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Parker Institute for Cancer Immunotherapy
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Dana Pe’er, PhD

Scientific Director, GMTEC; Chair, Computational and Systems Biology Program, SKI


The Pe’er lab combines single cell technologies, genomic datasets and machine learning algorithms to address fundamental questions in biomedical science. Empowered by recent breakthrough technologies like massive parallel single cell RNA-sequencing, we ask questions such as: How do multi-cellular organisms develop from a single cell, resulting in the vast diversity of progenitor and terminal cell types? How does a cell’s regulatory circuit control the dynamics of signal processing and how do these circuits rewire over the course of development? How does an ensemble of cells function together to execute a multi-cellular response, such as an immune response to pathogen or cancer? We will also address more medically oriented questions such as: How do regulatory circuits go awry in disease? What is the consequence of intra-tumor heterogeneity? Can we characterize the tumor immune eco-system to gain a better understanding of when or why immunotherapy works or does not work? A key goal is to use this characterization of the tumor immune eco-system to personalize immunotherapy.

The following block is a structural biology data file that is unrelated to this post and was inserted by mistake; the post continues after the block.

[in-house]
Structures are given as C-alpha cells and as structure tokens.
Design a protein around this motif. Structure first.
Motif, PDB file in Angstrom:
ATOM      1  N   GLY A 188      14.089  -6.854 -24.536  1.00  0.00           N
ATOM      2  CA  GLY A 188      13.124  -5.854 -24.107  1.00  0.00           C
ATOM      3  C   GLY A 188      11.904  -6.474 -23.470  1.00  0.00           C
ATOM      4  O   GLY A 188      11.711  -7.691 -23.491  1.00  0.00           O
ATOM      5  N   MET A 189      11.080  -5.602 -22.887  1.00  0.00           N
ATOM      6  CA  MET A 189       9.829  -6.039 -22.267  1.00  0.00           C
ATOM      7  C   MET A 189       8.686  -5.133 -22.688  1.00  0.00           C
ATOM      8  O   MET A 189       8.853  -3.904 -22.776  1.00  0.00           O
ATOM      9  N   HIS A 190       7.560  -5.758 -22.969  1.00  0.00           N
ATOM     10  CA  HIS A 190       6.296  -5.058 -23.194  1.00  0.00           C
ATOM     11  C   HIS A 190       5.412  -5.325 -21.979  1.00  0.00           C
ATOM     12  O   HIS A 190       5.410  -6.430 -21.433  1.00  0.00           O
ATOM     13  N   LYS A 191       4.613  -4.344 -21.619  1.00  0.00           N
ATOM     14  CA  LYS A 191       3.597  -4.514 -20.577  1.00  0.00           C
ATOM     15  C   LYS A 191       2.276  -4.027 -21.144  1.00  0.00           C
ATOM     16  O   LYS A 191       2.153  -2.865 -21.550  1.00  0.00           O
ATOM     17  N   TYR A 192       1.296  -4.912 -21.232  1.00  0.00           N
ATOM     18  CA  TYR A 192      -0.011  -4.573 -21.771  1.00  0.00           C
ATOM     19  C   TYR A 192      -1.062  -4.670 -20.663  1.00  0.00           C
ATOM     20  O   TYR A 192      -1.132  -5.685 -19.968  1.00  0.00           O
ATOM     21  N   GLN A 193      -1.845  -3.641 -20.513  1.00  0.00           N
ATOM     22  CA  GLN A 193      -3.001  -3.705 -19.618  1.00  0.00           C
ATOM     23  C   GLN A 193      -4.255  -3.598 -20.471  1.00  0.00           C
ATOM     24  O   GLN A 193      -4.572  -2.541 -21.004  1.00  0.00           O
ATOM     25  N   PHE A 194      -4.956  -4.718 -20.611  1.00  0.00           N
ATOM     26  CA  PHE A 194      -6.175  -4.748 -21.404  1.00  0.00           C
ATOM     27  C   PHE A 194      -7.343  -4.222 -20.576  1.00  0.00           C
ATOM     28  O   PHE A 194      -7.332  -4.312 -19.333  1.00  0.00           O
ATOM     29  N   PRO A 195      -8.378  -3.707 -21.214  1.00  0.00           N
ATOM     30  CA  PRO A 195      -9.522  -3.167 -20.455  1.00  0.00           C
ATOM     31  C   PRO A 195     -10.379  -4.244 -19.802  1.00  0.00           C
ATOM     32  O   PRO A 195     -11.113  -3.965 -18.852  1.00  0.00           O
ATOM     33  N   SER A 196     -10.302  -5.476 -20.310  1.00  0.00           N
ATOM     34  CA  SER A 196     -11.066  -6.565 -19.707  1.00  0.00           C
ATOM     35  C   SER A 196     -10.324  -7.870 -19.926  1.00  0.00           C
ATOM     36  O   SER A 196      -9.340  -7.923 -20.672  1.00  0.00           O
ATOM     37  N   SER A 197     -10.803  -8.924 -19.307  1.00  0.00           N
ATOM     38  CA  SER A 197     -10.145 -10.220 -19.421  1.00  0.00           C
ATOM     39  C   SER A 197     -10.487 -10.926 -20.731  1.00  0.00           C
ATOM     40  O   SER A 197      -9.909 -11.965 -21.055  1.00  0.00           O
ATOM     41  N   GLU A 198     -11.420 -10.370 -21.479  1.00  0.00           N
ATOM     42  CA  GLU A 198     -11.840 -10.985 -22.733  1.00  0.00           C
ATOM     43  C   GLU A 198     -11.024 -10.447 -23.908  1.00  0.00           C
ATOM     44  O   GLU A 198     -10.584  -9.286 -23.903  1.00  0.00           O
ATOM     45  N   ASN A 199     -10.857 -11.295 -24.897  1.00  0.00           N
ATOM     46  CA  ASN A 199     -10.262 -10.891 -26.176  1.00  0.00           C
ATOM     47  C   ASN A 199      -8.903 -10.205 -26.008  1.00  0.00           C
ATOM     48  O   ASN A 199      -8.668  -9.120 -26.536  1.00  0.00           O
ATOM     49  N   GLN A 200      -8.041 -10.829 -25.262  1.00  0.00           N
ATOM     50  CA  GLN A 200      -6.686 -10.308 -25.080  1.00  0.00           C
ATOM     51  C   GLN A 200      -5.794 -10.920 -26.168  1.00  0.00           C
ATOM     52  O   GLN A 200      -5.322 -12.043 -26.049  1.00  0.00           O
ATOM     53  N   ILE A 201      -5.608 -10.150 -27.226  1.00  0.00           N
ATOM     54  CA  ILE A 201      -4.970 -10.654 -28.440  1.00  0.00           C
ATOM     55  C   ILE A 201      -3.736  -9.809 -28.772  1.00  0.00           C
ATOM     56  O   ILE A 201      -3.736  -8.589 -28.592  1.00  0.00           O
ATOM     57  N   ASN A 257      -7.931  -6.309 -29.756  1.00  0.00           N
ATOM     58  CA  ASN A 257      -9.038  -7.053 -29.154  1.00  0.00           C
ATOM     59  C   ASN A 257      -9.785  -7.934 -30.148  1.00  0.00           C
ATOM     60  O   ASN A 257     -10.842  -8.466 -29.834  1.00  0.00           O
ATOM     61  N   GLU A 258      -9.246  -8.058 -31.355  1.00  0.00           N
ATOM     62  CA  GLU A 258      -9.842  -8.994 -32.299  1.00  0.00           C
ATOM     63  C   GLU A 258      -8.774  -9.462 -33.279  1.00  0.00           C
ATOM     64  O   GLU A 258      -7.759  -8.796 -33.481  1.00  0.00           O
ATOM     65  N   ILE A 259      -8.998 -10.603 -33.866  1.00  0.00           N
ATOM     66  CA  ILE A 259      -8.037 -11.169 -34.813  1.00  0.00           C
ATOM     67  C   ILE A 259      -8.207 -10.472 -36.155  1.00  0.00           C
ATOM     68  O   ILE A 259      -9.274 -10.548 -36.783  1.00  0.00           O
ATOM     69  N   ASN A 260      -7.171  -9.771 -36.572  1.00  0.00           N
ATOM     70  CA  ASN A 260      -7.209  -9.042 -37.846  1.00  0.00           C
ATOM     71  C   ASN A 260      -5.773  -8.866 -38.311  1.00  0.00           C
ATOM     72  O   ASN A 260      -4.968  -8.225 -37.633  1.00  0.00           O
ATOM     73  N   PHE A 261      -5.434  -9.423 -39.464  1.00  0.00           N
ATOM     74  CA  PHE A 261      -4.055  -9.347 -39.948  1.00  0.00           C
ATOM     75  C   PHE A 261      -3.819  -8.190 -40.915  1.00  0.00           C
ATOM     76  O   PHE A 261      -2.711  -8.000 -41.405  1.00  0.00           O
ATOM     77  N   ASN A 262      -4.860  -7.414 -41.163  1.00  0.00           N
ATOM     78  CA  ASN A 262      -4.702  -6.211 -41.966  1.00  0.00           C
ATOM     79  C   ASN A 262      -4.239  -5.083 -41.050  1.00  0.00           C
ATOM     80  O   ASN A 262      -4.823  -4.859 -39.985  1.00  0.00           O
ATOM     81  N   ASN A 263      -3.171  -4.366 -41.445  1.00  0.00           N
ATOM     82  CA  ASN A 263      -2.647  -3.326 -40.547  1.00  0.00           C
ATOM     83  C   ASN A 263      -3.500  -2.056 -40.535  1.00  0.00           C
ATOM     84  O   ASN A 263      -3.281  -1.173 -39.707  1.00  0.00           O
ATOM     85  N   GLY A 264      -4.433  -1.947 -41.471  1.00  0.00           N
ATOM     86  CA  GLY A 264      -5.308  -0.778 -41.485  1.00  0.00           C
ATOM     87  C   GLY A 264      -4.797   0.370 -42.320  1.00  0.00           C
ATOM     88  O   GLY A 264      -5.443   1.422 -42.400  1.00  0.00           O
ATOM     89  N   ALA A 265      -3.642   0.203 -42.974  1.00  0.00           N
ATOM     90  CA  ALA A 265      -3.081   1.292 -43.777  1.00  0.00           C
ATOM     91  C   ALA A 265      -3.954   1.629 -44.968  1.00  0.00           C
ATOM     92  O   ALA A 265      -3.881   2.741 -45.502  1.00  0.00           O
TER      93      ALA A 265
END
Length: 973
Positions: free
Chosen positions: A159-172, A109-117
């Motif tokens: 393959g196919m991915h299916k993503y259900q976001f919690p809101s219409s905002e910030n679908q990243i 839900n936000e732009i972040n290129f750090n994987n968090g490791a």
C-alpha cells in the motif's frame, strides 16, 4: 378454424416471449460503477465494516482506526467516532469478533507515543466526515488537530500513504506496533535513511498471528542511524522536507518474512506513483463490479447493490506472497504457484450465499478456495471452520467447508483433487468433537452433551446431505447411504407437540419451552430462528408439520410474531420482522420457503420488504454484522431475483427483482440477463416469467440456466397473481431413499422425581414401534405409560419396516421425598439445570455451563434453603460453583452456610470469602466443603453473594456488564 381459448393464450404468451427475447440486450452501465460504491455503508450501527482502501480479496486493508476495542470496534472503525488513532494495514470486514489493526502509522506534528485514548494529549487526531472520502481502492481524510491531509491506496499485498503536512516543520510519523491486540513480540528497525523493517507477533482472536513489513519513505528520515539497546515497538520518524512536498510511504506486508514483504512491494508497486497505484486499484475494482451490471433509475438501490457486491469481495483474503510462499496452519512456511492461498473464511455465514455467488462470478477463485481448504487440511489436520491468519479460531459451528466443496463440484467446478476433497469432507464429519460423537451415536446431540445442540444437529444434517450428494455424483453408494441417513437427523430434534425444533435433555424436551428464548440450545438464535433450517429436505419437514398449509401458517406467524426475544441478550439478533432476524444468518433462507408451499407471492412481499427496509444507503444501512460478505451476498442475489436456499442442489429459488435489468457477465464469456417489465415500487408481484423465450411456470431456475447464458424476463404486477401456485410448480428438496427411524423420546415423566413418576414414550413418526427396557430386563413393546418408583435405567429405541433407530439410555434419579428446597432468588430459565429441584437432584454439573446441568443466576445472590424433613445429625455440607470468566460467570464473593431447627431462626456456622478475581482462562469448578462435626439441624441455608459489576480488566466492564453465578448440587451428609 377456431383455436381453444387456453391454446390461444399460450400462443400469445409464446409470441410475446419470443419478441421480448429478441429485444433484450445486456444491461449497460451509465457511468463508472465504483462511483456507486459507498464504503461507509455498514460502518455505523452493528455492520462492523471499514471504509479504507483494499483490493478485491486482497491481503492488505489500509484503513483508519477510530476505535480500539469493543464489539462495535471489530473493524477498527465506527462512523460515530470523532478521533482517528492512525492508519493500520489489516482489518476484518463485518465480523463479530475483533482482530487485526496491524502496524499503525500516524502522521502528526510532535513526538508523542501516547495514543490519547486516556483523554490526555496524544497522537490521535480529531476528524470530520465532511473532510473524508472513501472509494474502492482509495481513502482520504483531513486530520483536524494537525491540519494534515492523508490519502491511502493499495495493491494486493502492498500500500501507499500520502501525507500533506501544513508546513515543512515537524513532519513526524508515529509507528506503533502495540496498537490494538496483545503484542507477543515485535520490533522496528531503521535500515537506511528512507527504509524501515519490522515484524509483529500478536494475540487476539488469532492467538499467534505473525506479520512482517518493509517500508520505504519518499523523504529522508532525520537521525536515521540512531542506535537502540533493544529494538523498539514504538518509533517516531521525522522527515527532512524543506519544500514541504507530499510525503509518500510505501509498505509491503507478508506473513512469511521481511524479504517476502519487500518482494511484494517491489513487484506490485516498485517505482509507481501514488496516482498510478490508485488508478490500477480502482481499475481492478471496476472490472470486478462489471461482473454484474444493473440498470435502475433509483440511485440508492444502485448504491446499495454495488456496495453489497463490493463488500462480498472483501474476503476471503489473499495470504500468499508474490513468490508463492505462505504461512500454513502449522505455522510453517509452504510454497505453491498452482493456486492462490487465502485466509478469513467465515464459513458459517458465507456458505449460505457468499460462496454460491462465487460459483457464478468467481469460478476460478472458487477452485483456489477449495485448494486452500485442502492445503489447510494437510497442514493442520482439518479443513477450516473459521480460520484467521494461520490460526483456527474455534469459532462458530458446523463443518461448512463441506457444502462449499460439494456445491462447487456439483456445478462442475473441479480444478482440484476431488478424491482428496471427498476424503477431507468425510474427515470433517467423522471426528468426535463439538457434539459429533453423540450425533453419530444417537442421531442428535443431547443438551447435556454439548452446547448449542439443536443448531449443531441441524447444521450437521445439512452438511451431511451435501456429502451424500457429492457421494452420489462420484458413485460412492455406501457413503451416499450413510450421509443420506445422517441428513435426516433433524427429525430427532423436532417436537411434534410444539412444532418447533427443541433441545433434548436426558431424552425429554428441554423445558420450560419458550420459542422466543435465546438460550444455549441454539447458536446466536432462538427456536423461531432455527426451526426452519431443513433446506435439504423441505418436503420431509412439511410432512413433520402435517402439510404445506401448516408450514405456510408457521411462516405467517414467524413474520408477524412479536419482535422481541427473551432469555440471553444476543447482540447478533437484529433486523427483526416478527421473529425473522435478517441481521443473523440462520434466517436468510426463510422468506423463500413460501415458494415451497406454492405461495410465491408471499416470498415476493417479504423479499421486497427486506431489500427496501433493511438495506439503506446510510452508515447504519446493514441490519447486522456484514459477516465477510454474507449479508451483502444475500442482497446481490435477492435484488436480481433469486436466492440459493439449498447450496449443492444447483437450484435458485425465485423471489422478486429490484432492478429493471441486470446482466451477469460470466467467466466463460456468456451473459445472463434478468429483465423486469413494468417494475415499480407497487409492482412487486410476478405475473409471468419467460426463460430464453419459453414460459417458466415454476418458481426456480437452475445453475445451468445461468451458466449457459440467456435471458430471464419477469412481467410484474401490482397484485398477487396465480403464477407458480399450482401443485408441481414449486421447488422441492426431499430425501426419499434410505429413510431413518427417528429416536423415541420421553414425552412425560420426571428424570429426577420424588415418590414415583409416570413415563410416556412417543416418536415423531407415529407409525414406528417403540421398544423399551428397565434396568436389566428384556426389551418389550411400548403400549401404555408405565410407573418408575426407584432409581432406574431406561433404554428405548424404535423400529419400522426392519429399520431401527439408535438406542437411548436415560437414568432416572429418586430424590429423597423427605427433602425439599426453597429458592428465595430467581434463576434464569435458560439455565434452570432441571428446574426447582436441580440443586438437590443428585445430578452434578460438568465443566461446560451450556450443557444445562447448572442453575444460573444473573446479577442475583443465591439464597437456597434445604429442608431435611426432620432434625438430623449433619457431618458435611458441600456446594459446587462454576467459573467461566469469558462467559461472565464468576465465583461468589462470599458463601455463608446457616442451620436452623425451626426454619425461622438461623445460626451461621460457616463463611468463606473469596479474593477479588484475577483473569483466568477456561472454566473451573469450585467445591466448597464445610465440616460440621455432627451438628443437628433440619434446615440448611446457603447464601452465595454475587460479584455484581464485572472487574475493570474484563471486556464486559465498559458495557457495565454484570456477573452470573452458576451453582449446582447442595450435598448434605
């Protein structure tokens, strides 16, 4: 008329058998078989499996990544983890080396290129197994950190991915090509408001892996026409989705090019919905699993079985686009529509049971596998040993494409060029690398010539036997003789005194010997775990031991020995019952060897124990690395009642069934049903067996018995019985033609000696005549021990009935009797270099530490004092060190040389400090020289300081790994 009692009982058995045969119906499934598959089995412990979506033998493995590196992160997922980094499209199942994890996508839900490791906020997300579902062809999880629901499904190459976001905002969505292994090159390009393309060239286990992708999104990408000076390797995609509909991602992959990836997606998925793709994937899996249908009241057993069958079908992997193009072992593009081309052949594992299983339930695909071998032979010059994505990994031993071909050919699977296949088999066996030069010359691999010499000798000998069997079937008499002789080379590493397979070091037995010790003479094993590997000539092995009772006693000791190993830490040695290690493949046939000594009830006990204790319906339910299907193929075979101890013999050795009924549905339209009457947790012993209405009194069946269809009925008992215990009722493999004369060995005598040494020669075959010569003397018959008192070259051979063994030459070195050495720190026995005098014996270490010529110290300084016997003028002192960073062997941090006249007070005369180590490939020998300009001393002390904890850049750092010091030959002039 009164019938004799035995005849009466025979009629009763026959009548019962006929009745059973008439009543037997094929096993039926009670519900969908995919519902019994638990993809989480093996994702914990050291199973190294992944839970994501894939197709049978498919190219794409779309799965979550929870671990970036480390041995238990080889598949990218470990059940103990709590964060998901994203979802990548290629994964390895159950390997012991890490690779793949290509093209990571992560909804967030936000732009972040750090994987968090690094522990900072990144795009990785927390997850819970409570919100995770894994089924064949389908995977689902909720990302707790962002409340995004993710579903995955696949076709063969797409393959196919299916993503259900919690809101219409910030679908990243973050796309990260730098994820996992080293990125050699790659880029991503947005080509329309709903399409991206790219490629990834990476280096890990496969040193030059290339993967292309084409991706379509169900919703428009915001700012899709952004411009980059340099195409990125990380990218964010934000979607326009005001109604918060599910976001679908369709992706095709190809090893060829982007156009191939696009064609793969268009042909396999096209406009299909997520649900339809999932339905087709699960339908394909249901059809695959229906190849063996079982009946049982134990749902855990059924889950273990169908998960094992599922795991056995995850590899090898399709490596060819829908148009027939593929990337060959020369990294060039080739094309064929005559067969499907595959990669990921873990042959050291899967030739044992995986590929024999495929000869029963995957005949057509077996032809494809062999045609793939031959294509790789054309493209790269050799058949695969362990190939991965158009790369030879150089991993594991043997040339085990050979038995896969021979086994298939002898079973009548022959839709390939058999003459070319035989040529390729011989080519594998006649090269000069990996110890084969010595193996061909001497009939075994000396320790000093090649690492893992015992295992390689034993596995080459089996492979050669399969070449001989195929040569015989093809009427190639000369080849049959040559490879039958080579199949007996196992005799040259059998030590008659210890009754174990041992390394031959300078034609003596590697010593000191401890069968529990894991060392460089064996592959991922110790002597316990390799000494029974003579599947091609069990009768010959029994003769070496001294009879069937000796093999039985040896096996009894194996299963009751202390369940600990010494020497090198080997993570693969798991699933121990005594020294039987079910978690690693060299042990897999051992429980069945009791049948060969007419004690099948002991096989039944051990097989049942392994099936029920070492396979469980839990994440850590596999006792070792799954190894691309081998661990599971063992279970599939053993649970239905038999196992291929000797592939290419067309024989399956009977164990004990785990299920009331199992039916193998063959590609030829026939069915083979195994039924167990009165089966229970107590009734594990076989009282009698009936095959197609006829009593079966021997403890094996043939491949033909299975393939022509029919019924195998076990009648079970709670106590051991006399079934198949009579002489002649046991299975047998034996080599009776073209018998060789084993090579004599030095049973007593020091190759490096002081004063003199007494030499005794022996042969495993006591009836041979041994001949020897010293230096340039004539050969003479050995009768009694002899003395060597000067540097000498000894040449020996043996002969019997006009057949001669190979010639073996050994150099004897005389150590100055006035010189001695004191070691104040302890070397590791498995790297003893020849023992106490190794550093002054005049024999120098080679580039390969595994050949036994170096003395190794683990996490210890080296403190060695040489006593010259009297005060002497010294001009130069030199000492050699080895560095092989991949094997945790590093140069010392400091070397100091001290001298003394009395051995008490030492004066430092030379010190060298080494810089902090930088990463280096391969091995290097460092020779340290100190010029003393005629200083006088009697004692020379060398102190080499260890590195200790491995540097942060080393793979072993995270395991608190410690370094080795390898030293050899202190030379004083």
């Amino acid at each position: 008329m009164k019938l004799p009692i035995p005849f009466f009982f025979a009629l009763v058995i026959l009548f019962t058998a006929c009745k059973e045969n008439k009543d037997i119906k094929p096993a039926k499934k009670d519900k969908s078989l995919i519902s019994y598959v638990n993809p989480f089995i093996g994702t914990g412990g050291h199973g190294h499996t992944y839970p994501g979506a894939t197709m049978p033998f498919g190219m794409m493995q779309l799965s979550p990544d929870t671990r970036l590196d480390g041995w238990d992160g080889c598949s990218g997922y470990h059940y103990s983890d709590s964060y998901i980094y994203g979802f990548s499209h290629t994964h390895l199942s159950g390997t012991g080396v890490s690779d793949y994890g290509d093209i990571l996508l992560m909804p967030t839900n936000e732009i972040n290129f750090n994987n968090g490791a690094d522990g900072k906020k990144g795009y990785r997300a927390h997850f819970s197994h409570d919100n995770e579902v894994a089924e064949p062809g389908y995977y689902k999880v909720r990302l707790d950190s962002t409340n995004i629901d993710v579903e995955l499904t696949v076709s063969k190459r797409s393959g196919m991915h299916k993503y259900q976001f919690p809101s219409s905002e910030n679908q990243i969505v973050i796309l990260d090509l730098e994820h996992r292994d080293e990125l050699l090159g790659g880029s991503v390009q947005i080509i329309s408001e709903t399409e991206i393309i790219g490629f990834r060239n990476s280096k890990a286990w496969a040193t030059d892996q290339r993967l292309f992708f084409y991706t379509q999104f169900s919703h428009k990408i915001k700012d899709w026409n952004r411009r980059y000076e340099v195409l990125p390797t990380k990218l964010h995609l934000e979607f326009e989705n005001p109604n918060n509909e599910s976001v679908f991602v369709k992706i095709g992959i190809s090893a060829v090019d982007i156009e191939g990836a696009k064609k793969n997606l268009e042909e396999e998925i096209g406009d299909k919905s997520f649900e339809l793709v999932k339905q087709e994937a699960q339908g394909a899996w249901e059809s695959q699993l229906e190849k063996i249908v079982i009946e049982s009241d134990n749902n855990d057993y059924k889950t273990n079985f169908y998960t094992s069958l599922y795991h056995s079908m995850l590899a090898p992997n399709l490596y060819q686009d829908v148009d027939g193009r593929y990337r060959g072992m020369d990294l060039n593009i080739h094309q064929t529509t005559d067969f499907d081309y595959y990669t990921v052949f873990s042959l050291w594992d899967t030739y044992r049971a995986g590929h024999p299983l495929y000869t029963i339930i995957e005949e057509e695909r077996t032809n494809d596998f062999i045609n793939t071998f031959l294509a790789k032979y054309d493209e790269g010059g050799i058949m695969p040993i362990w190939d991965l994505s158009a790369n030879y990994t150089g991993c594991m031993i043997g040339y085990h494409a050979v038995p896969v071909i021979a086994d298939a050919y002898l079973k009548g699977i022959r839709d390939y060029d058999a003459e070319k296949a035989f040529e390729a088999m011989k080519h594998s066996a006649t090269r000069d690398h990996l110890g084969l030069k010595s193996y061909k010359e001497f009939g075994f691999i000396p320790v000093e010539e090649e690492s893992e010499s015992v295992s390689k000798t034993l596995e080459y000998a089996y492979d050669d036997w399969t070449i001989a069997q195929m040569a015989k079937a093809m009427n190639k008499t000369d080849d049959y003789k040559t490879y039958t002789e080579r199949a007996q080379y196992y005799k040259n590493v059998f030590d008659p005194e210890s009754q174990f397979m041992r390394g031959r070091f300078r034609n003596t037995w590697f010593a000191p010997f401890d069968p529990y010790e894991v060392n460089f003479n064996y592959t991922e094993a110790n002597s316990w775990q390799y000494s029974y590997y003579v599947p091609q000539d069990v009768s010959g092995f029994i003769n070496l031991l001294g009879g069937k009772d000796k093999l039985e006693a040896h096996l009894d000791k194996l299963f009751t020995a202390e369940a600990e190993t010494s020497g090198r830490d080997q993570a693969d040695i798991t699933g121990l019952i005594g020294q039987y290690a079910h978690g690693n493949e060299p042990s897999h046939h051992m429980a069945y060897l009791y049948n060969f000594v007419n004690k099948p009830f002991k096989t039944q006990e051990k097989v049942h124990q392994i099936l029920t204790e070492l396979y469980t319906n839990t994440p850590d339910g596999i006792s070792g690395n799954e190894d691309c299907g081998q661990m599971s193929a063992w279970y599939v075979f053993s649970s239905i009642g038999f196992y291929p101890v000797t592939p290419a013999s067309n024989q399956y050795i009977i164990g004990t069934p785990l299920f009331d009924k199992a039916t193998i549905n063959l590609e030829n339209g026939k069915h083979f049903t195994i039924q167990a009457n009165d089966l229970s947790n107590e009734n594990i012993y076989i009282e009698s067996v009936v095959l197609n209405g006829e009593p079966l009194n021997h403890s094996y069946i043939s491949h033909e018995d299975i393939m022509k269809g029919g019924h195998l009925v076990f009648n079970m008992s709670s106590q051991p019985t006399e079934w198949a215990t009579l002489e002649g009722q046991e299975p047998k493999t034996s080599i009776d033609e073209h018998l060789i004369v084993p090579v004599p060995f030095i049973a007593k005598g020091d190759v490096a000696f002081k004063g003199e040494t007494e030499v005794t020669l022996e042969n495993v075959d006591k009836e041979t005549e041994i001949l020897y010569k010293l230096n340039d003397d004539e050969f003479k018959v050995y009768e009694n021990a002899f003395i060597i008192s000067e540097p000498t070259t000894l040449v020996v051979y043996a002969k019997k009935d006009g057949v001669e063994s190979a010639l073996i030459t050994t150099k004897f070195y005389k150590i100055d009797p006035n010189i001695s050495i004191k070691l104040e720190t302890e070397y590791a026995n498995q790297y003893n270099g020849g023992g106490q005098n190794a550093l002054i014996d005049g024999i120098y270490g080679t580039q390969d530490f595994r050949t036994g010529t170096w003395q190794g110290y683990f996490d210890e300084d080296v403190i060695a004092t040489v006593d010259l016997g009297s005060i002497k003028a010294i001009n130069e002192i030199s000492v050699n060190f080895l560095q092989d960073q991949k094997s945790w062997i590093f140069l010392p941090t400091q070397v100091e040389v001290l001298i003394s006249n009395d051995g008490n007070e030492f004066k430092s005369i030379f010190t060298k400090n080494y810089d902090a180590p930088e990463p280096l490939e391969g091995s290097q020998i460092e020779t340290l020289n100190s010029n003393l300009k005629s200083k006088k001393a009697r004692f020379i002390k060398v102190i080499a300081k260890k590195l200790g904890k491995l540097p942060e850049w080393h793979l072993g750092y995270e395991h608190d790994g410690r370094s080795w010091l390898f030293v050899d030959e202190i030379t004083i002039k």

Education & Training

  • 1995: Hebrew University of Jerusalem, BA
  • 1999: Hebrew University of Jerusalem, MA
  • 2003: Hebrew University of Jerusalem, PhD, Computer Science
  • Postdoctoral Fellow, Harvard Medical School, Department of Genetics lab of George M. Church

Awards & Honors

  • 2014 NIH Director’s Pioneer Award
  • 2014 ISCB Overton Prize
  • 2012 RECOMB 2012 Test of Time Award
  • 2010 SU2C AACR Innovator award
  • 2009 Packard Fellowship in Science and Engineering
  • 2007 NIH Directors New Innovator Award
  • 2005 Runner up for “Breakthrough of the year”, Science Magazine
  • 2005 Career Award at the Interface of Science, Burroughs Welcome Fund